LOS ANGELES • Monday through Friday, my full-time job is cleaning restrooms at Van Nuys High School. But that work is not the hardest part of my life. The hardest part is saying goodbye to my 4-year-old son when he asks me not to go to work again. In order to make ends meet, I also work weekends and nights.
I know I’m lucky to have a full-time job as a facility attendant in the Los Angeles Unified School District. I’ve done that for 10 years, and some days are better than others, but I like the work, and my co-workers are a supportive second family. We don’t interact much with students, but those of us who do custodial work are eyes and ears for teachers and administrators. If I see a student needs help of any kind, I take pride in letting the right people know.
The one thing that hasn’t been good about the job is the pay. When I started 10 years ago, I made $8.65 per hour; now I make $9.85 per hour. But I just learned that’s going to change. SEIU Local 99, the union that represents me and more than 30,000 other school workers here, just negotiated a new contract that will raise my pay to $15 per hour by 2016. This is a big deal for the 20,000 of us who make the district’s lowest wages and are covered by the raises. It might be an even bigger deal around the rest of the United States, since $15 per hour is the goal of a movement in cities around the country to improve the lives of working people.
I’m not exactly sure how my life will be at $15 per hour. I’ve never made that much money, and I’ve been doing custodial work since I was 15. I started out while I was still going to school myself, as a part-time custodian at St. Nicholas, a parochial school in the San Fernando Valley. Back then, in 1997, I was making $7.25 an hour. After I graduated from San Fernando High School, the parochial school offered me a permanent position, and I worked there for four years, eventually making $8.50 per hour. Later, I jumped to Van Nuys High.
My job is what’s called a "restricted" position — the California education code’s name for specially funded positions that can employ only people who meet certain conditions (they’re from impoverished areas or have disabilities, for example). Restricted workers have a set wage rate, which means I haven’t been able to ask for a raise, and I can’t earn overtime.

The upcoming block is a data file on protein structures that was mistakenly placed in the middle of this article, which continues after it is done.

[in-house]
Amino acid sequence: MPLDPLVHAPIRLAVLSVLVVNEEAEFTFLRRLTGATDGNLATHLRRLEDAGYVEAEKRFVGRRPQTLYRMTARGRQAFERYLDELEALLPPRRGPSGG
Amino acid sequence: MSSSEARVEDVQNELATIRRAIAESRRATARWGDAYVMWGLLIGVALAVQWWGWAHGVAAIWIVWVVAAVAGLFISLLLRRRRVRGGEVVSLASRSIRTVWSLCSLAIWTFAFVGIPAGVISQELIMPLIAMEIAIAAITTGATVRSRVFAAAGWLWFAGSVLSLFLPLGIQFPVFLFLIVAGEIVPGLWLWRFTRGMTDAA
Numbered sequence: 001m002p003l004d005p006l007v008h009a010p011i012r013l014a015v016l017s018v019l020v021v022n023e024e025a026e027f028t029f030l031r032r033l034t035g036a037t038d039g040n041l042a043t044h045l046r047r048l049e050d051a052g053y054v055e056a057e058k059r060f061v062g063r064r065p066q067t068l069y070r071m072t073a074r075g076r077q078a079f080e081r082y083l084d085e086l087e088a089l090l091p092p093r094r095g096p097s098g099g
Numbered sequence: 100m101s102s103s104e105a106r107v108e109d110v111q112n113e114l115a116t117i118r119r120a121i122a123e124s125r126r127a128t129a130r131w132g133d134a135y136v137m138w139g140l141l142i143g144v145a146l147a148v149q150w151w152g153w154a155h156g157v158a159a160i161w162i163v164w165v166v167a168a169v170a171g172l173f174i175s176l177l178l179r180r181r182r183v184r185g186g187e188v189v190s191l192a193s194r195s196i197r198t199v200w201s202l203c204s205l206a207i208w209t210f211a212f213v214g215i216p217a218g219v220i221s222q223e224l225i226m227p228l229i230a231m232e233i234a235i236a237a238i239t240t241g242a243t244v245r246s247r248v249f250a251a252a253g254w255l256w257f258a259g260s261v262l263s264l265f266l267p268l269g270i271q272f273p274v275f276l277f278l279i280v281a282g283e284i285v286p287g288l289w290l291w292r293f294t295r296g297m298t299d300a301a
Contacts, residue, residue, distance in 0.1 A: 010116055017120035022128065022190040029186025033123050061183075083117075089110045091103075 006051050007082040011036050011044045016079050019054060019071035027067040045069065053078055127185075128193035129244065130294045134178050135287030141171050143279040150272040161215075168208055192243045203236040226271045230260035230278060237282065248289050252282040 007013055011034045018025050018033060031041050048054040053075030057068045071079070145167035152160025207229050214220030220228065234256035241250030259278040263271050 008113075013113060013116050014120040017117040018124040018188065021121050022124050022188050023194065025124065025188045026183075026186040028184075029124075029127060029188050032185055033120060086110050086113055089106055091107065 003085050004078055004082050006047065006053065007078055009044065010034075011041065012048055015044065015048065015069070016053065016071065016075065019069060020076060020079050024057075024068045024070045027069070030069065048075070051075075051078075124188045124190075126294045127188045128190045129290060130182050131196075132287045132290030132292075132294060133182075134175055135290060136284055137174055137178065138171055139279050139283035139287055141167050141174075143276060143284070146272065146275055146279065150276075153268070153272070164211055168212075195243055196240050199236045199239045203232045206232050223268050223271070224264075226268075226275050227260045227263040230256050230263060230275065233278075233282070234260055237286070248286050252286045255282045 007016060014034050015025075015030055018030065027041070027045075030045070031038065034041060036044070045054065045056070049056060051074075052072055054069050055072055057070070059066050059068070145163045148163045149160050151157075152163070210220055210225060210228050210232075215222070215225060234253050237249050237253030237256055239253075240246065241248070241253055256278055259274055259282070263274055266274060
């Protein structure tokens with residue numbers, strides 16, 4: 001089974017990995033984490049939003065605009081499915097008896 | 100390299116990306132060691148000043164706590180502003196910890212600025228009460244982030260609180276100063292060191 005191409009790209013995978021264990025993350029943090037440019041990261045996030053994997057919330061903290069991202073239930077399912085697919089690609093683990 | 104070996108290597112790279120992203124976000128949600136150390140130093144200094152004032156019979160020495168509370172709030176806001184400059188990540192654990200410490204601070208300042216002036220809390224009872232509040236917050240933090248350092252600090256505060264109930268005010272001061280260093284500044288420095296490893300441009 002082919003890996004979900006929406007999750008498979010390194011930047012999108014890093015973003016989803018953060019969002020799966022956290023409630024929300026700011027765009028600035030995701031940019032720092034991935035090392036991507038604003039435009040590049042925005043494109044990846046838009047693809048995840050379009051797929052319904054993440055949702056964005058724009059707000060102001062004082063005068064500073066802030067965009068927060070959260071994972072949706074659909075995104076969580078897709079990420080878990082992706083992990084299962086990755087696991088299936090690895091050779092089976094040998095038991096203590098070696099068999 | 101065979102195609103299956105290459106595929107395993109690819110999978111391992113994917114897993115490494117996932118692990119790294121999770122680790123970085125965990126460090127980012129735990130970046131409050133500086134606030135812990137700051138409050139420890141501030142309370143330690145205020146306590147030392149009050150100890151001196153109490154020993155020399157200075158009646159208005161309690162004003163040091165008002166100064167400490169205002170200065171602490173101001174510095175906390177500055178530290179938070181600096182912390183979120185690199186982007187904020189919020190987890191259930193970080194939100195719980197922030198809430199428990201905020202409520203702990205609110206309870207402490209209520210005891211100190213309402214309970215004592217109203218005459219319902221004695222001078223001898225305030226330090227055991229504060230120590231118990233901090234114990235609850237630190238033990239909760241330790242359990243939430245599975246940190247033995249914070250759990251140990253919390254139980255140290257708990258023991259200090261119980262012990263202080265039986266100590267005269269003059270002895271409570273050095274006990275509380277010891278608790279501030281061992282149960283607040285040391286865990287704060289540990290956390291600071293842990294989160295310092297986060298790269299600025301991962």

As every Angeleno knows, working 40 hours per week for less than $10 per hour is not enough to live on here. My main extra gig is working in the ballroom of St. Nicholas Greek Orthodox Church, which is rented out for parties. When things are busy there, I work from 9 a.m. Saturday to 4:30 a.m. Sunday. I also have my own catering business on the side, mostly providing tacos for parties; my dad and I prepare everything ourselves. And I pick up hours at the parochial school whenever they have work for me to do.
To be honest, I have no idea where my extended family would be without St. Nicholas; they’ve given work to so many of my relatives, including my parents, that I can say we wouldn’t have survived without their support. We’ve also had to make sacrifices for one another. In 2009, when my parents were having financial troubles, my brother and I moved back into their home in Pacoima and started contributing to the mortgage so they wouldn’t lose the place.
We’re still here. My brother lives in a little guesthouse out back. My parents occupy the second floor. My fiancée (who used to be a dental assistant and is now going to school), my son and I live on the first floor.
I feel fortunate for what I have. I also feel tired a lot, from all the work and from lack of sleep; sometimes I get as little as two hours a night. But what I miss most is time with my son. He’s always asking, "Daddy, where are you going?" Leaving breaks my heart every time. When I think about making $15 an hour, I think mostly of the time that money could buy with my son.
He’s going to start preschool in August — we’ve enrolled him in a public school pre-K, though the priest at St. Nicholas is lobbying us to send him there. I know that one of the best things about this raise is that so many of my fellow school workers have kids in district schools. So a raise like this won’t just give workers more — it will give the district happier parents.
This article was written in partnership with Zocalo Public Square.
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